PMP®/ CAPM® Certification Exam Prep Classes - Spring 2019 - Southfield
Saturdays, May 11, 18, June 1, and June 8 ⋅ 8 am - 4 pm
A four-day, Instructor led, classroom setting PMP® exam preparation course designed to meet the training needs of those wishing to prepare for PMI’s PMP® or CAPM® Certification Exams.
The objective of this course is to help the participants gain a level of competency required to pass the PMP® and CAPM® and certification exam through a review of the concepts and terminology covered in the Project Management Book of Knowledge (PMBOK® Guide).
- Participants will earn 35 hours of education toward PMI’s exam prerequisite.
- Training is based on the PMP Exam Prep textbook by Joseph Phillips 4th Edition (Based on the Sixth edition of PMBOK).
- Includes the Joseph Phillips textbook, practice questions and quizzes.
The courses are led by PMP® certified experts working in the field of project management.
Moylan’s Mulligans for April 2019
Mentoring – Your Opportunity to Cultivate the Next Generation
In the mid-1980’s, then mega-star Michael Jackson asked Berry Gordy, the founder of Motown Records, how he could be give back to the music and entertainment industry. Barry advised Michael to find a promising singer / entertainer and help them become a bigger star than he had become. Barry encouraged Michael to become a mentor to this promising protégé. Powerful stuff mentoring – making someone more successful than yourself. What a great way to leave a lasting, impactful legacy.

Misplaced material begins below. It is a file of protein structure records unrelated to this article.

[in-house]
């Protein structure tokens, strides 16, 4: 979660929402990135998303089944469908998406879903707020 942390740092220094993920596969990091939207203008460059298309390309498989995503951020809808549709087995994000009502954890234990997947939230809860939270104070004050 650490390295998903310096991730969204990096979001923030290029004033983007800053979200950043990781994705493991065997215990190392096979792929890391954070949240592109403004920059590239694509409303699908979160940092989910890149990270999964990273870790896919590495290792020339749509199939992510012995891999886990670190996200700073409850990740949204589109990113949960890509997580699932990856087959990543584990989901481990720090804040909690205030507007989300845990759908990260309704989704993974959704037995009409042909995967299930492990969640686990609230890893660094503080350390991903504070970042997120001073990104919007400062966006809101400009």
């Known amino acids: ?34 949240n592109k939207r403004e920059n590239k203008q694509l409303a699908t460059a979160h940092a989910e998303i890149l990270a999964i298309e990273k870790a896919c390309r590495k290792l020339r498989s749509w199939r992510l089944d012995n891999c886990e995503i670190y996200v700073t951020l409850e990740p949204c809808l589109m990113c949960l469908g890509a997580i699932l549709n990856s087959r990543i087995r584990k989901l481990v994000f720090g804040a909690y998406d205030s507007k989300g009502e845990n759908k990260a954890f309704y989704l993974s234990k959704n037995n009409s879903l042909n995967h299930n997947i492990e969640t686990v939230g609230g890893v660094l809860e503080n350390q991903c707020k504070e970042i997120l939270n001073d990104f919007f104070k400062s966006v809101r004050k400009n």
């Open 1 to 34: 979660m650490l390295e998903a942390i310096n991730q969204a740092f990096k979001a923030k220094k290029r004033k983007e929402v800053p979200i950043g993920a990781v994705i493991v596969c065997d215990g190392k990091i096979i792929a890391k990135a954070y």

Great leaders cultivate and nurture group members into great team members and future leaders. Mentoring another individual is a personally rewarding and a professionally challenging experience. You have the opportunity to apply the lessons you have learned from the work you have done. Sharing your life lessons on what you did right, not so right, and, maybe downright stupid, with another benefits both the mentee and the mentor. The individual serving as the mentor will learn about themselves [personal introspection] as they advise their protégé. The perspectives of “been there / done that” and “don’t make that mistake / better do this” are invaluable.
Getting started requires a personal self-assessment. The interested mentor needs to know how to help a protégé set personal and/or professional goals. The mentor needs to feel confident in the role of mentor and in their ability to overcome the potential challenges of mentoring. A mentor is required to actively listen and communicate effectively. Do you fit the bill? The effective mentor needs to actively engage with a protégé to help them meet their goals, personal and/or professional, without asserting themselves like a boss, coach or stakeholder. The mentor must understand their role in assisting their protégé / mentee in their planning, executing, understanding and evaluating their identified goals.